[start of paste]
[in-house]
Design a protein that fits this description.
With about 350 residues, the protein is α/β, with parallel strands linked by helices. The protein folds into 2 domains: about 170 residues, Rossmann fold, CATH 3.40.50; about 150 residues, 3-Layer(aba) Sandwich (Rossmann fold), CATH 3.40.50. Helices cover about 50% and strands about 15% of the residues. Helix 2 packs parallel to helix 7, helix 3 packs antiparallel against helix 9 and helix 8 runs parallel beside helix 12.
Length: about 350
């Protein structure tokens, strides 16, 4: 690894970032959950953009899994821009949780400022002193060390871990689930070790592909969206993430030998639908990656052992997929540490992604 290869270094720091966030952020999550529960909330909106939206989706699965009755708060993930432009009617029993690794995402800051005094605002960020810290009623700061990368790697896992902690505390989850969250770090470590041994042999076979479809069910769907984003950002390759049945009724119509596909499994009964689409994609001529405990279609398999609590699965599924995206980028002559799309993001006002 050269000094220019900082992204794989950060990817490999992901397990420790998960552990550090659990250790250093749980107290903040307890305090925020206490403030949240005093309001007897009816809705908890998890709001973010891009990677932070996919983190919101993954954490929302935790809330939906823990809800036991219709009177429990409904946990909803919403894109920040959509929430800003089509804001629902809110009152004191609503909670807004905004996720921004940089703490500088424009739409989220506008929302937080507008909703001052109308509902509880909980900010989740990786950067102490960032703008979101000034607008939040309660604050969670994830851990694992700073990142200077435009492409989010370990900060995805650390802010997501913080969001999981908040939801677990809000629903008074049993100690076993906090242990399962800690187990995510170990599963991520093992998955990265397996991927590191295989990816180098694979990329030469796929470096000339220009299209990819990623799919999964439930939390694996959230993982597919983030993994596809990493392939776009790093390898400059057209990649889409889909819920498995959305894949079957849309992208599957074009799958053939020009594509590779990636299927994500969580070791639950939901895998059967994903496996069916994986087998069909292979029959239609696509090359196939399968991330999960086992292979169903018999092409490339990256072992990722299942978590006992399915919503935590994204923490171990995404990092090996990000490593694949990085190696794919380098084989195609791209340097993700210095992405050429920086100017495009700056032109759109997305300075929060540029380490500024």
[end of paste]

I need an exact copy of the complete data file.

[in-house]
Design a protein that fits this description.
With about 350 residues, the protein is α/β, with parallel strands linked by helices. The protein folds into 2 domains: about 170 residues, Rossmann fold, CATH 3.40.50; about 150 residues, 3-Layer(aba) Sandwich (Rossmann fold), CATH 3.40.50. Helices cover about 50% and strands about 15% of the residues. Helix 2 packs parallel to helix 7, helix 3 packs antiparallel against helix 9 and helix 8 runs parallel beside helix 12.
Length: about 350
């Protein structure tokens, strides 16, 4: 690894970032959950953009899994821009949780400022002193060390871990689930070790592909969206993430030998639908990656052992997929540490992604 290869270094720091966030952020999550529960909330909106939206989706699965009755708060993930432009009617029993690794995402800051005094605002960020810290009623700061990368790697896992902690505390989850969250770090470590041994042999076979479809069910769907984003950002390759049945009724119509596909499994009964689409994609001529405990279609398999609590699965599924995206980028002559799309993001006002 050269000094220019900082992204794989950060990817490999992901397990420790998960552990550090659990250790250093749980107290903040307890305090925020206490403030949240005093309001007897009816809705908890998890709001973010891009990677932070996919983190919101993954954490929302935790809330939906823990809800036991219709009177429990409904946990909803919403894109920040959509929430800003089509804001629902809110009152004191609503909670807004905004996720921004940089703490500088424009739409989220506008929302937080507008909703001052109308509902509880909980900010989740990786950067102490960032703008979101000034607008939040309660604050969670994830851990694992700073990142200077435009492409989010370990900060995805650390802010997501913080969001999981908040939801677990809000629903008074049993100690076993906090242990399962800690187990995510170990599963991520093992998955990265397996991927590191295989990816180098694979990329030469796929470096000339220009299209990819990623799919999964439930939390694996959230993982597919983030993994596809990493392939776009790093390898400059057209990649889409889909819920498995959305894949079957849309992208599957074009799958053939020009594509590779990636299927994500969580070791639950939901895998059967994903496996069916994986087998069909292979029959239609696509090359196939399968991330999960086992292979169903018999092409490339990256072992990722299942978590006992399915919503935590994204923490171990995404990092090996990000490593694949990085190696794919380098084989195609791209340097993700210095992405050429920086100017495009700056032109759109997305300075929060540029380490500024």